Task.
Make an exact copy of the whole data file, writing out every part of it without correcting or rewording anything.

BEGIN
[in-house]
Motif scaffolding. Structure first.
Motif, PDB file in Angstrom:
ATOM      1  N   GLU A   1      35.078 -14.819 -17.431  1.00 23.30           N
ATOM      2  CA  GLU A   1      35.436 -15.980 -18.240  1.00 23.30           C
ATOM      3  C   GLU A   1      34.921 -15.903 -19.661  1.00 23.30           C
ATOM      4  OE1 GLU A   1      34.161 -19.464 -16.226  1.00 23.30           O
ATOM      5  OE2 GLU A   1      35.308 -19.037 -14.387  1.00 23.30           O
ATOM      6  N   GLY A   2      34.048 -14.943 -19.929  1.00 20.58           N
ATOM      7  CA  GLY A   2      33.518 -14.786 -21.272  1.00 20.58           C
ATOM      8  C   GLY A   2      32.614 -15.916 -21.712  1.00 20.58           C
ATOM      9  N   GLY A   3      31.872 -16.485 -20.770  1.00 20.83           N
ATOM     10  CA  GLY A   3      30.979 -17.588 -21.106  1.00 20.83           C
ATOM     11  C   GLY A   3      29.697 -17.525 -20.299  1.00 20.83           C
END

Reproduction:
[in-house]
Motif scaffolding. Structure first.
Motif, PDB file in Angstrom:
ATOM      1  N   GLU A   1      35.078 -14.819 -17.431  1.00 23.30           N
ATOM      2  CA  GLU A   1      35.436 -15.980 -18.240  1.00 23.30           C
ATOM      3  C   GLU A   1      34.921 -15.903 -19.661  1.00 23.30           C
ATOM      4  OE1 GLU A   1      34.161 -19.464 -16.226  1.00 23.30           O
ATOM      5  OE2 GLU A   1      35.308 -19.037 -14.387  1.00 23.30           O
ATOM      6  N   GLY A   2      34.048 -14.943 -19.929  1.00 20.58           N
ATOM      7  CA  GLY A   2      33.518 -14.786 -21.272  1.00 20.58           C
ATOM      8  C   GLY A   2      32.614 -15.916 -21.712  1.00 20.58           C
ATOM      9  N   GLY A   3      31.872 -16.485 -20.770  1.00 20.83           N
ATOM     10  CA  GLY A   3      30.979 -17.588 -21.106  1.00 20.83           C
ATOM     11  C   GLY A   3      29.697 -17.525 -20.299  1.00 20.83           C